|Title||Broiler breeding flocks: management and animal welfare|
|Author(s)||Jong, I.C. de; Emous, R.A. van|
|Source||In: Achieving sustainable production of poultry meat / Applegate, Todd, Burleigh Dodds Science Publishing Limited (Achieving sustainable production of poultry meat Volume 3 ) - ISBN 9781786760722 - p. 1 - 19.|
LR - Animal Behaviour & Welfare
LR - Animal Nutrition
|Publication type||Peer reviewed book chapter|
|Abstract||This chapter discusses the management of broiler breeders, that is, the parent stock of broiler chickens, and welfare issues related to the different life stages of broiler breeders. Where commercial broilers are the product of a cross of four lines, broiler parent stock (broiler breeders) are the product of a cross of two lines; both the male and female broiler breeder is the product of a cross of a specific paternal line and a specific maternal line (Hiemstra and Ten Napel, 2013). The actual figures on the number of broiler breeders worldwide are lacking; as an indication, in Europe the number of broiler breeders is estimated to be 44 million (Horne and Bondt, 2014). Management and housing of grandparents and great grandparents (but not pedigree stock) is to a large extent similar to that of broiler breeders (EFSA, 2010; Hiemstra and Ten Napel, 2013) and not described in this chapter. Nowadays, three companies dominate the world market for broiler breeding stock: Aviagen Broiler Breeders, Cobb-Vantress and Hubbard.
The majority of the broiler breeders worldwide are the parent stock of the so-called standard or fast growing broilers, which reach a body weight of 2.5 kg in 42 days or ess (EFSA, 2010). Dwarf parental females are used to produce broilers of intermediate (2.2 kg in 56–63 days of age) or slow growth rate (2.2 kg in 70–80 days of age) (De Jong and Swalander, 2013). Although worldwide only a small percentage of parent stock for intermediate or slow growing broilers is housed, in some countries a larger proportion of the total number of broiler breeders produce intermediate or slower growing broiler strains. For example, in France, the majority of the parent stock –85% according to De Jong and Guemene (2011) – are parents of intermediate or slower growing broiler strains (EFSA, 2010). In Europe, about 8% of the broiler breeders are estimated to be parent stock of intermediate or slower growing broilers (Horne and Bondt, 2014).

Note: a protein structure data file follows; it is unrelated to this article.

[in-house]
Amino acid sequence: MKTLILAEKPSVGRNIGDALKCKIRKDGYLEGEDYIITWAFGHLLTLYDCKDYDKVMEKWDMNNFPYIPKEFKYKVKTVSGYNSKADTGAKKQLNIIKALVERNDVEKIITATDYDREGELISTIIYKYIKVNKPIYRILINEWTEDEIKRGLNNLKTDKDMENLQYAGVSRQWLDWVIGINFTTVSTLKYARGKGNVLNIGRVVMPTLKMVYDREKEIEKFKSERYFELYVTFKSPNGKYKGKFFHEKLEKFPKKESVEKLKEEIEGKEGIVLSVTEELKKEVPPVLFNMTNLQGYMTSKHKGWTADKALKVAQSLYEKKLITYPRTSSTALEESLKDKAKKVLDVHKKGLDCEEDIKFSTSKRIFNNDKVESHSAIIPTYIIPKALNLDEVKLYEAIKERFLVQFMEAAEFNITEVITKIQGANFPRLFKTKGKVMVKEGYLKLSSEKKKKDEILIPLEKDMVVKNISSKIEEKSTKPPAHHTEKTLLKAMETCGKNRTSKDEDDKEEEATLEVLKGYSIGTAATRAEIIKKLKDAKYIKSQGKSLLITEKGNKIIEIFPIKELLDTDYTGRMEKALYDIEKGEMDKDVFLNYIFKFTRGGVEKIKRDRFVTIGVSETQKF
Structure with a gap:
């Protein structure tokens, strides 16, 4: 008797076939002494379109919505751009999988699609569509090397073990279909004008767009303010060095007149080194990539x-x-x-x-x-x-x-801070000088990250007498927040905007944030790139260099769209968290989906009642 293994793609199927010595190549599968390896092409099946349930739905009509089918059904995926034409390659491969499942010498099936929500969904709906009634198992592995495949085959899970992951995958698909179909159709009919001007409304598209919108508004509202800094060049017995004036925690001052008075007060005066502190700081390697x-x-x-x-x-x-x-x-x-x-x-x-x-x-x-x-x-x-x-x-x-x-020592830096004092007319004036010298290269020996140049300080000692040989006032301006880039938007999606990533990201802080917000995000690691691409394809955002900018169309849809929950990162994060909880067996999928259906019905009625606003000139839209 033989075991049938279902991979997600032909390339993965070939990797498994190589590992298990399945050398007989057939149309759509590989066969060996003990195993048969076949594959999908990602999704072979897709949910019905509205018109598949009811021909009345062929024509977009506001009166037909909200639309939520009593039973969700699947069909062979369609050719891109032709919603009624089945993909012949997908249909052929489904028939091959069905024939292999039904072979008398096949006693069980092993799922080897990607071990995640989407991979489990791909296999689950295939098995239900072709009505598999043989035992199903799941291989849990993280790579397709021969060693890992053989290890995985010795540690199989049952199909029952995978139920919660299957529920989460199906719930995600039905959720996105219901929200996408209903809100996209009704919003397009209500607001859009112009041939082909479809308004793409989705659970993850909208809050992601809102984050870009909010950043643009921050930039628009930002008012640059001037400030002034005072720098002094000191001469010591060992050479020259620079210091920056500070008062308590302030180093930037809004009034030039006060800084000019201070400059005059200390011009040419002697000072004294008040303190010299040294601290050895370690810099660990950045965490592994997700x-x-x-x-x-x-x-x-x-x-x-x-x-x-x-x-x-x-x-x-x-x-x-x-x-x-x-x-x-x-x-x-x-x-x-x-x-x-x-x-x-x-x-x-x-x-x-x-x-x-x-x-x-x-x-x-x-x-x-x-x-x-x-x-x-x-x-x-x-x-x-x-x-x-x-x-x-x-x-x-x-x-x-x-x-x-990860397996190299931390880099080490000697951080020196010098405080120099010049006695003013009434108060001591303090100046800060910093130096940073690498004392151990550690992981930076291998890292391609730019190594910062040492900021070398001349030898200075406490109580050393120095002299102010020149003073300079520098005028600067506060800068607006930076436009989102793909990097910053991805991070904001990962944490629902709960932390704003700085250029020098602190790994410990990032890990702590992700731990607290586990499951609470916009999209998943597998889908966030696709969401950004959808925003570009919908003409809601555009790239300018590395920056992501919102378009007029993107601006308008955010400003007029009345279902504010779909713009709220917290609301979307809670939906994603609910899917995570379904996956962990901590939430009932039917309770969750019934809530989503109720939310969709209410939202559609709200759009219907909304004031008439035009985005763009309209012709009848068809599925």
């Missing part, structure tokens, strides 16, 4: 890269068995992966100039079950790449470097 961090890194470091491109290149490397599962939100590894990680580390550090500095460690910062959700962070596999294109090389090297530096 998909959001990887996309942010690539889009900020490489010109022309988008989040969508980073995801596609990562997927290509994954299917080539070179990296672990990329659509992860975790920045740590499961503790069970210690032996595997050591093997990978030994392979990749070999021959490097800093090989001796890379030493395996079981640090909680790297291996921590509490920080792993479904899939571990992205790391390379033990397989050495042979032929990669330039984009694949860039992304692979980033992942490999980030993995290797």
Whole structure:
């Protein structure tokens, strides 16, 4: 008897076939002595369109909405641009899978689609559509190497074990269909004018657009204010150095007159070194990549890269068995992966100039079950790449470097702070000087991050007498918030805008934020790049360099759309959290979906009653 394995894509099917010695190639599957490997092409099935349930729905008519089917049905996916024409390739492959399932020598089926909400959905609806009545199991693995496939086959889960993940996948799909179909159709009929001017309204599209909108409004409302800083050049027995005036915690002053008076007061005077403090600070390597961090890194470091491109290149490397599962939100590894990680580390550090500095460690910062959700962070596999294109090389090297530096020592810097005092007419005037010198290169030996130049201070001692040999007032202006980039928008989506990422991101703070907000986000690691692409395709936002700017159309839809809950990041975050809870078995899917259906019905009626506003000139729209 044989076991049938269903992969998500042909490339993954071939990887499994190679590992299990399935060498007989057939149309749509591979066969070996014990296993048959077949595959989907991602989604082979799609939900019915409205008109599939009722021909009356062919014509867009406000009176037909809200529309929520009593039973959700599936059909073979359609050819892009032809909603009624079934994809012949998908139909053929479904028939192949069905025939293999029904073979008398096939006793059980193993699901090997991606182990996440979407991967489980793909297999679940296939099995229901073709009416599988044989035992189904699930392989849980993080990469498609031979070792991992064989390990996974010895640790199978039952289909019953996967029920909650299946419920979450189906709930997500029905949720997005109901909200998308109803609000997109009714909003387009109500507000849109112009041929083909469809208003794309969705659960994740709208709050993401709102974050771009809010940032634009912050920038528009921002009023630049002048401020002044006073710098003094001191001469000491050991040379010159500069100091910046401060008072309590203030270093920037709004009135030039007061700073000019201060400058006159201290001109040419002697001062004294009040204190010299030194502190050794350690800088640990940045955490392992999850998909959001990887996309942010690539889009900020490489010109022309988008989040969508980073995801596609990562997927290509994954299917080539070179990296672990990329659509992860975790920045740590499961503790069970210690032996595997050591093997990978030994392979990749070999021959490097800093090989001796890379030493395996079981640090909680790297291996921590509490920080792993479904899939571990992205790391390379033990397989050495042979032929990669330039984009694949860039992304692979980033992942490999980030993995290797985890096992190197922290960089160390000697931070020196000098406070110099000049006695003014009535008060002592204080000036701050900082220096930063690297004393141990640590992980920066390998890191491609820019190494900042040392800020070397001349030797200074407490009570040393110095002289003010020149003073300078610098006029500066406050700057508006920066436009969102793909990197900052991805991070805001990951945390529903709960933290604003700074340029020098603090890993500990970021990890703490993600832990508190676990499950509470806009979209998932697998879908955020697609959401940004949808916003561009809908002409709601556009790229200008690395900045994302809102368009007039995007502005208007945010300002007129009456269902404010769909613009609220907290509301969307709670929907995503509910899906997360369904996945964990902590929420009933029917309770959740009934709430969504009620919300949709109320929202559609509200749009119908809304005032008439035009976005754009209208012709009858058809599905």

We provide a short, general description of housing and management of broiler breeders during both the rearing and the production period in the next paragraph. In addition, we focus on (major) welfare issues related to the management of broiler breeders and the current state-of-the-art research related to these welfare issues.